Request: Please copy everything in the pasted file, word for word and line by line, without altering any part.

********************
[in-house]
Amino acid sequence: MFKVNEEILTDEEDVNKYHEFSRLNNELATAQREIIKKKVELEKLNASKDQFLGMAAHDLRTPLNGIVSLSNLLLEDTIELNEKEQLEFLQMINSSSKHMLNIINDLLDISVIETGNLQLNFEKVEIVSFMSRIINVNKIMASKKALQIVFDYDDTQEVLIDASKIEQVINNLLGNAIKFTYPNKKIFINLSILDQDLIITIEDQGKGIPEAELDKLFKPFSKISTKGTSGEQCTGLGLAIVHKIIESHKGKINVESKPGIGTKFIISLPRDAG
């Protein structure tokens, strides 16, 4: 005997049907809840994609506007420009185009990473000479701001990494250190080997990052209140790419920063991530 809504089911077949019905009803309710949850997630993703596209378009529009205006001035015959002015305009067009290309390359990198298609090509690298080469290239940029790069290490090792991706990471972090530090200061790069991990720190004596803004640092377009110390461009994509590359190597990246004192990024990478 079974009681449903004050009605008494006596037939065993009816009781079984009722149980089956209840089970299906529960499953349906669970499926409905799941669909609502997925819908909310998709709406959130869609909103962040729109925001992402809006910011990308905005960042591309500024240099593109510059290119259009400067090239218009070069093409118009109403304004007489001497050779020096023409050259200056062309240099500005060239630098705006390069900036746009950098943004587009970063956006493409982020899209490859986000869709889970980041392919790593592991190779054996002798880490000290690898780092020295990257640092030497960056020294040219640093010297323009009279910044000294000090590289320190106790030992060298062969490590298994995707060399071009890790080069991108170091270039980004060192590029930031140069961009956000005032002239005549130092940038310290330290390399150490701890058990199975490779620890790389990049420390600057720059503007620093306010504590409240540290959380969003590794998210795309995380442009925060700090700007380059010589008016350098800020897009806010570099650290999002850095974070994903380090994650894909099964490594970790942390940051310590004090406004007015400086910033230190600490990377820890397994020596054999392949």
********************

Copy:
[in-house]
Amino acid sequence: MFKVNEEILTDEEDVNKYHEFSRLNNELATAQREIIKKKVELEKLNASKDQFLGMAAHDLRTPLNGIVSLSNLLLEDTIELNEKEQLEFLQMINSSSKHMLNIINDLLDISVIETGNLQLNFEKVEIVSFMSRIINVNKIMASKKALQIVFDYDDTQEVLIDASKIEQVINNLLGNAIKFTYPNKKIFINLSILDQDLIITIEDQGKGIPEAELDKLFKPFSKISTKGTSGEQCTGLGLAIVHKIIESHKGKINVESKPGIGTKFIISLPRDAG
């Protein structure tokens, strides 16, 4: 005997049907809840994609506007420009185009990473000479701001990494250190080997990052209140790419920063991530 809504089911077949019905009803309710949850997630993703596209378009529009205006001035015959002015305009067009290309390359990198298609090509690298080469290239940029790069290490090792991706990471972090530090200061790069991990720190004596803004640092377009110390461009994509590359190597990246004192990024990478 079974009681449903004050009605008494006596037939065993009816009781079984009722149980089956209840089970299906529960499953349906669970499926409905799941669909609502997925819908909310998709709406959130869609909103962040729109925001992402809006910011990308905005960042591309500024240099593109510059290119259009400067090239218009070069093409118009109403304004007489001497050779020096023409050259200056062309240099500005060239630098705006390069900036746009950098943004587009970063956006493409982020899209490859986000869709889970980041392919790593592991190779054996002798880490000290690898780092020295990257640092030497960056020294040219640093010297323009009279910044000294000090590289320190106790030992060298062969490590298994995707060399071009890790080069991108170091270039980004060192590029930031140069961009956000005032002239005549130092940038310290330290390399150490701890058990199975490779620890790389990049420390600057720059503007620093306010504590409240540290959380969003590794998210795309995380442009925060700090700007380059010589008016350098800020897009806010570099650290999002850095974070994903380090994650894909099964490594970790942390940051310590004090406004007015400086910033230190600490990377820890397994020596054999392949």